The Changemakers: The disruptors driving values-based industry evolution
Founder and CEO, Topicals
At 23 years old, Olamide Olowe became the youngest Black woman to raise over $2 million in funding in 2020. By November 2022, her skin-care brand Topicals received an additional $10 million in a Series A financing round. With revenue growth reaching 657% year-over-year in 2022, the brand reached profitability and globally expanded its Sephora presence this year, as it continued to cultivate a loyal customer base through innovative IRL and digital marketing.
You just secured $10 million in funding. What does this mean for the growth of the brand?
“We’re going to use the funding for inventory, because we’re continuously churning through our inventory, given the sales we’ve had so far on our direct-to-consumer site. We’re also going to invest in cultural storytelling, making sure we’re highlighting the right communities. We’re telling stories and doing marketing that feels very inclusive and centers on voices that haven’t really been heard. And lastly, we’re using it to not only hire new people, but also to support the people we have on our team now.”
What have been the biggest factors contributing to the brand’s growth in the past year?
“We have an ambassador program of over 3,500 people. And it’s been super amazing to take folks who typically have not seen themselves represented in beauty and create a community for them to find and connect with others, but then also share their love for the brand.
We’re also focused on cultural storytelling — making sure we’re at the center of culture — whether that’s through listening parties for some of our favorite R&B and rap artists, or events like Essence Fest or ComplexCon in the future. There are places and spaces for us to connect with communities of color, specifically, places that haven’t been centered on beauty.
And then lastly, we’ve been really strategic about the products we’ve launched. And they’ve been products in categories that have been really sleepy. Instead of us having to compete with hundreds and thousands of products and subcategories, we’ve been able to be really niche and target specific concerns that weren’t being answered for customers.”
What have been your best sellers this year?
“Faded serum is our best-selling product, both the mini and the full size. Hyperpigmentation is a skin condition that primarily affects people of color, but it can also affect anyone of any color if they have sun damage or experience any kind of hormonal issues. When I went out to pitch investors, everyone was like, ‘As a chronic skin-care brand, you should probably be focusing on acne, not hyperpigmentation.’ But I helped them understand that 80% of people have hormonal issues, sun damage or are a person of color and will experience hyperpigmentation. That is a huge subsection of the United States. It was a category that was extremely overlooked, but massive. I’d actually argue that hyperpigmentation is a bigger category than acne, but because it affected people of color most, a lot of investors who weren’t privy to that community just didn’t see it as a big issue.”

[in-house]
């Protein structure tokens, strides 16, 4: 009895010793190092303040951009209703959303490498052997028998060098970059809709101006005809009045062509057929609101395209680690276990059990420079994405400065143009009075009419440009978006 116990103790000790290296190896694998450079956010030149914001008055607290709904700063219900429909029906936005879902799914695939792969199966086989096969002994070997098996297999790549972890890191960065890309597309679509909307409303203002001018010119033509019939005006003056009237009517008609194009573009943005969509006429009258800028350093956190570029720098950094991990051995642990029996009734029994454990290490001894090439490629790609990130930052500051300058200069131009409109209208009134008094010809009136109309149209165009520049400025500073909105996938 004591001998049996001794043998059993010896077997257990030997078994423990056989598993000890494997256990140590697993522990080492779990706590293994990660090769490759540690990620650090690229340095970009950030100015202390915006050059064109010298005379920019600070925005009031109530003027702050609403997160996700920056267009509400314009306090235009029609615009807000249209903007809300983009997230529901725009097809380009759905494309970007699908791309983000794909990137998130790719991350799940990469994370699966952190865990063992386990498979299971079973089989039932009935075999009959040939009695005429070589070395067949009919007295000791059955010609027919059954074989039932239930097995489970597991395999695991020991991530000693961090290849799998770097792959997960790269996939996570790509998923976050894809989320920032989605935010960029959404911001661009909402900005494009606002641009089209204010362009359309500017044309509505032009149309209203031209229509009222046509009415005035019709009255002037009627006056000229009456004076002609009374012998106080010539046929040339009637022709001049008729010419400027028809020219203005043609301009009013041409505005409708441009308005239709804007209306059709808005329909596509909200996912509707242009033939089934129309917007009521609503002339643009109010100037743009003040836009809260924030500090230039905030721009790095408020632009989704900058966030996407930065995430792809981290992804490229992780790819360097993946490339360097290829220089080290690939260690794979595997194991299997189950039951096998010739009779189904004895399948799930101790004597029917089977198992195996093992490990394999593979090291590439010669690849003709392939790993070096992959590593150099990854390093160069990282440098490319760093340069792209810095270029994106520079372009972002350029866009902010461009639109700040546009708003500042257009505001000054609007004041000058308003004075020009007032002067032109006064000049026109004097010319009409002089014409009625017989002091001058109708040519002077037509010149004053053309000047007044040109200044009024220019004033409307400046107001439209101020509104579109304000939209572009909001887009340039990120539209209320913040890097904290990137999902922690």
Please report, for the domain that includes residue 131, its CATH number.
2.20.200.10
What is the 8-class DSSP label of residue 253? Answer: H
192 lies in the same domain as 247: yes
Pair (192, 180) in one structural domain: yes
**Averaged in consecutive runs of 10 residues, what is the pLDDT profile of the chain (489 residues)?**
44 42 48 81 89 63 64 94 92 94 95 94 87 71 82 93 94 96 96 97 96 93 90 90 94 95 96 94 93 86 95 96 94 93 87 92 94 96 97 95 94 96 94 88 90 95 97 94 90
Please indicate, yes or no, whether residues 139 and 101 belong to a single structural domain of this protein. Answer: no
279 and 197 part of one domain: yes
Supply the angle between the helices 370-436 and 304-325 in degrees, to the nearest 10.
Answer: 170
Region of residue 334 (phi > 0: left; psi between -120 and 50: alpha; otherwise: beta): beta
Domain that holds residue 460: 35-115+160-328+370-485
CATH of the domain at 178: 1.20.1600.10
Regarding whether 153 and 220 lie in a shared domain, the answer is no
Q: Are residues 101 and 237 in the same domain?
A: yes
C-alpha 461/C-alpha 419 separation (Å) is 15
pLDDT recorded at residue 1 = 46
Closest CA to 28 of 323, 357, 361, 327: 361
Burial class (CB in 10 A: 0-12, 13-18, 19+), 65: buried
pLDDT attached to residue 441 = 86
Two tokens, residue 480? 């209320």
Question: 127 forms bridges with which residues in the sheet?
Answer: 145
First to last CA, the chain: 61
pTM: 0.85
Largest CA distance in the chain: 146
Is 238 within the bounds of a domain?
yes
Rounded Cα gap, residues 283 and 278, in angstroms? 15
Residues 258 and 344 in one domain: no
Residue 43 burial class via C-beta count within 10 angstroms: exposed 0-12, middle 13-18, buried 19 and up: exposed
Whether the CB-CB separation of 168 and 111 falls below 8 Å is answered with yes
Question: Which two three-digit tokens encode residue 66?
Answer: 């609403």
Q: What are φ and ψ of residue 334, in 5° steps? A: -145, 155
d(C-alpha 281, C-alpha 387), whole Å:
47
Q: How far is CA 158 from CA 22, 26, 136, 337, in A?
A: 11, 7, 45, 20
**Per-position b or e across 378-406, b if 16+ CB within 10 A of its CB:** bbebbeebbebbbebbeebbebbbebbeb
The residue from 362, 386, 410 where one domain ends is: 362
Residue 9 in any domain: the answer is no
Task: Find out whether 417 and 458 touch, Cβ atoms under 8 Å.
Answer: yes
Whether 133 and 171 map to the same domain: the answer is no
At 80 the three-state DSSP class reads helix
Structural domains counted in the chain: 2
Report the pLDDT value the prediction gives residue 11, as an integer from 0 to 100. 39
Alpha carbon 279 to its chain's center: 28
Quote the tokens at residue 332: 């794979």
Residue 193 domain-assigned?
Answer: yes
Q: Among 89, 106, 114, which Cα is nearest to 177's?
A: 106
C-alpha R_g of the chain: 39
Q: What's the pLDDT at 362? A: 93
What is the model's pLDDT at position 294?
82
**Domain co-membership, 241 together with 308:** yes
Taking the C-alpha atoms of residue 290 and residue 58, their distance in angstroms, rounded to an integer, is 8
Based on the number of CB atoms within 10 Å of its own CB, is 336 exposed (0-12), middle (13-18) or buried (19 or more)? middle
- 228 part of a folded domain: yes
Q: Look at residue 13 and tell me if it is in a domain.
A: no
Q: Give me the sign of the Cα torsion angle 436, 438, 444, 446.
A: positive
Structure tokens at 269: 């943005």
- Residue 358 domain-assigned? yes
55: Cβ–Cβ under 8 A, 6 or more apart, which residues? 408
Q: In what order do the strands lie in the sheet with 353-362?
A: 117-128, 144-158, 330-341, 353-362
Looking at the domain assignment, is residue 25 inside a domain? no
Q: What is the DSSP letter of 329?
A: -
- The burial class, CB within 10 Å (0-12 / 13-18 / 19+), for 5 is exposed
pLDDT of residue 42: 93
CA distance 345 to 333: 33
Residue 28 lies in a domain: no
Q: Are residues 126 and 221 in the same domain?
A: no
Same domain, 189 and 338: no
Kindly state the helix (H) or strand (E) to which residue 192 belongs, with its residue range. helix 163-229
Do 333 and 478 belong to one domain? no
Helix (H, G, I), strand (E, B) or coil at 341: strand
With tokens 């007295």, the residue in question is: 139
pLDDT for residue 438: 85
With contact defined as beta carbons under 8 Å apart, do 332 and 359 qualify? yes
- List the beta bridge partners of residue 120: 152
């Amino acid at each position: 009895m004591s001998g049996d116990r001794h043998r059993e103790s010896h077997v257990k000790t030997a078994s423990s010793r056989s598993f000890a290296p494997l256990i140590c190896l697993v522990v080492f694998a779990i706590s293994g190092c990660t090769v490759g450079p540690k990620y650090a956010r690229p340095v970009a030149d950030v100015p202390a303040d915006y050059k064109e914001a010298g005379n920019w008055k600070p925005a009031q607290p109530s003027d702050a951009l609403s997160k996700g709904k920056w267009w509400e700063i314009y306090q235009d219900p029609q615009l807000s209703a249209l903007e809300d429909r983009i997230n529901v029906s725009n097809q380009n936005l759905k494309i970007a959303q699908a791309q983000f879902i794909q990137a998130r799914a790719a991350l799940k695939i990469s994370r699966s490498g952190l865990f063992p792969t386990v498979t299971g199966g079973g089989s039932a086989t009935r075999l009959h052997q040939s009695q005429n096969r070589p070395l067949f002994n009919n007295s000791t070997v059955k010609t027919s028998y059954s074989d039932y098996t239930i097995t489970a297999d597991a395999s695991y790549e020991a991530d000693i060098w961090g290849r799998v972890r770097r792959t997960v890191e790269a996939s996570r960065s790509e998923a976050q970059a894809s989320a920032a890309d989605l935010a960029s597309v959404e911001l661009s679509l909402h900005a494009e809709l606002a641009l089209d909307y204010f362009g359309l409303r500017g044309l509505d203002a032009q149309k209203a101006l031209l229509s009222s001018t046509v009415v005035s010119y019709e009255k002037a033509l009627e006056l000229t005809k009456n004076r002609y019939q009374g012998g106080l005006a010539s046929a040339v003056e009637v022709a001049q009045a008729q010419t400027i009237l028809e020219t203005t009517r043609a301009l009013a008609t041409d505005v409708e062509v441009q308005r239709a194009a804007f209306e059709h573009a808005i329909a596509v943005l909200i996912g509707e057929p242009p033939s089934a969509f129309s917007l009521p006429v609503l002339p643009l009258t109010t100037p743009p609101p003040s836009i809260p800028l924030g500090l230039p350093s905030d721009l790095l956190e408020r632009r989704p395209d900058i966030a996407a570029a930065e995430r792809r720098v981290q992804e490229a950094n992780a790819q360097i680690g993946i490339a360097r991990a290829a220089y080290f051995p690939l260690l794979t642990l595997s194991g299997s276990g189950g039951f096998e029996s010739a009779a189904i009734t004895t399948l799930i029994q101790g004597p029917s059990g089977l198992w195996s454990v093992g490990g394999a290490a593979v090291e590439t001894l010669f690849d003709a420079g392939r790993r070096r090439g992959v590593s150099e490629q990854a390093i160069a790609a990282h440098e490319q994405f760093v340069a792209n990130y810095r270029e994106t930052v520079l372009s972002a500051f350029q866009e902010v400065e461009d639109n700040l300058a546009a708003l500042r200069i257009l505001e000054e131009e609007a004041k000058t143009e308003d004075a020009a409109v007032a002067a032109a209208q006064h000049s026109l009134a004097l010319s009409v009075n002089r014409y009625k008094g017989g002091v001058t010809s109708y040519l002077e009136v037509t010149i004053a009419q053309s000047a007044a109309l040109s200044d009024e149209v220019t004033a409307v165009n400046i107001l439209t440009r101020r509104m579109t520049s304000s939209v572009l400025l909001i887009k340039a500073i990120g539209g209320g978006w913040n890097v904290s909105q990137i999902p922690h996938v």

What is unique about the way the Gen-Z customer shops for skin care?
“It’s been really great for us over this last year to invest in TikTok to see the fruits of our labor pay off as our products go viral. People are finding out about them through TikTok. What we believe, and we’re still in the early days of proving this out, is that content is so king when it comes to this relationship with the customer. That’s especially true for us, as we try to rewrite a cultural narrative around skin conditions. We are pressing deeper into creating our own media company, in a sense.”
Are you launching new products next year?
“We’ll go into more skin conditions, and we’ll go deeper into certain skin conditions that we’re in currently.”
Do you have any plans for distribution expansion into new retailers or markets?
“We’re currently available in all 500 Sephora stores in the U.S., but there’s opportunities for us to increase our merchandising within the store, so we’ll do that. We’re also keeping our eye on international expansion, but not going too fast.
The majority of people of color live outside of the United States. That is a core part of who we are as a brand, so we need to make sure we’re in those places where they can shop.”
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